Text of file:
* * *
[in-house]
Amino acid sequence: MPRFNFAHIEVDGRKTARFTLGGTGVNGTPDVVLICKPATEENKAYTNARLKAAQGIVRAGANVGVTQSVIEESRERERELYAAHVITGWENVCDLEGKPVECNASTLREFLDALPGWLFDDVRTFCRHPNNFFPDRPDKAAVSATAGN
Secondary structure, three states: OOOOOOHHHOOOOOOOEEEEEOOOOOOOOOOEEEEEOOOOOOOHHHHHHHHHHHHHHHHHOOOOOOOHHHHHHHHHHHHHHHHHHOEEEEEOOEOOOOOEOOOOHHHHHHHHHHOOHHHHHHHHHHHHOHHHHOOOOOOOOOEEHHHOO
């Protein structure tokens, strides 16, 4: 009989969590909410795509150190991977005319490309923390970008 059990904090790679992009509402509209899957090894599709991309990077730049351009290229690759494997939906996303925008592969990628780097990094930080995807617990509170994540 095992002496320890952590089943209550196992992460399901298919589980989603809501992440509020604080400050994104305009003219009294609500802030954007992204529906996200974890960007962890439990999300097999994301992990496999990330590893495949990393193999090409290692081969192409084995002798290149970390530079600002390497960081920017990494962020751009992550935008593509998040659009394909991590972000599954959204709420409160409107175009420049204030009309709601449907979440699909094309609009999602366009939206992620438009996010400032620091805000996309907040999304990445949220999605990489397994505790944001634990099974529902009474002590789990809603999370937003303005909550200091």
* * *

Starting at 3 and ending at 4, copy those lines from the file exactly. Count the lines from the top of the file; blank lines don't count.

Secondary structure, three states: OOOOOOHHHOOOOOOOEEEEEOOOOOOOOOOEEEEEOOOOOOOHHHHHHHHHHHHHHHHHOOOOOOOHHHHHHHHHHHHHHHHHHOEEEEEOOEOOOOOEOOOOHHHHHHHHHHOOHHHHHHHHHHHHOHHHHOOOOOOOOOEEHHHOO
């Protein structure tokens, strides 16, 4: 009989969590909410795509150190991977005319490309923390970008 059990904090790679992009509402509209899957090894599709991309990077730049351009290229690759494997939906996303925008592969990628780097990094930080995807617990509170994540 095992002496320890952590089943209550196992992460399901298919589980989603809501992440509020604080400050994104305009003219009294609500802030954007992204529906996200974890960007962890439990999300097999994301992990496999990330590893495949990393193999090409290692081969192409084995002798290149970390530079600002390497960081920017990494962020751009992550935008593509998040659009394909991590972000599954959204709420409160409107175009420049204030009309709601449907979440699909094309609009999602366009939206992620438009996010400032620091805000996309907040999304990445949220999605990489397994505790944001634990099974529902009474002590789990809603999370937003303005909550200091």